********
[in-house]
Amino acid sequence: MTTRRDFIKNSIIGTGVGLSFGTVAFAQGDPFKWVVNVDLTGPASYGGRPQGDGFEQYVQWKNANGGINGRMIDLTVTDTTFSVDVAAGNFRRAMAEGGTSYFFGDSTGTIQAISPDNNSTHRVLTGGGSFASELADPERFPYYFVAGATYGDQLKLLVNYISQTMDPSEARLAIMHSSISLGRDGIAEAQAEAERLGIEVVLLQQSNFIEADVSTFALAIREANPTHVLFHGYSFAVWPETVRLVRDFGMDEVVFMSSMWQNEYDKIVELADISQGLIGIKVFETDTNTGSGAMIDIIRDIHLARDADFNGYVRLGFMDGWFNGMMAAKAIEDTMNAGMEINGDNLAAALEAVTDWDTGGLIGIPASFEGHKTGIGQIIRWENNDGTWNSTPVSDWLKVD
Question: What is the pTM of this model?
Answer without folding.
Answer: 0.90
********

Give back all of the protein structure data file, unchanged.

[in-house]
Amino acid sequence: MTTRRDFIKNSIIGTGVGLSFGTVAFAQGDPFKWVVNVDLTGPASYGGRPQGDGFEQYVQWKNANGGINGRMIDLTVTDTTFSVDVAAGNFRRAMAEGGTSYFFGDSTGTIQAISPDNNSTHRVLTGGGSFASELADPERFPYYFVAGATYGDQLKLLVNYISQTMDPSEARLAIMHSSISLGRDGIAEAQAEAERLGIEVVLLQQSNFIEADVSTFALAIREANPTHVLFHGYSFAVWPETVRLVRDFGMDEVVFMSSMWQNEYDKIVELADISQGLIGIKVFETDTNTGSGAMIDIIRDIHLARDADFNGYVRLGFMDGWFNGMMAAKAIEDTMNAGMEINGDNLAAALEAVTDWDTGGLIGIPASFEGHKTGIGQIIRWENNDGTWNSTPVSDWLKVD
Question: What is the pTM of this model?
Answer without folding.
Answer: 0.90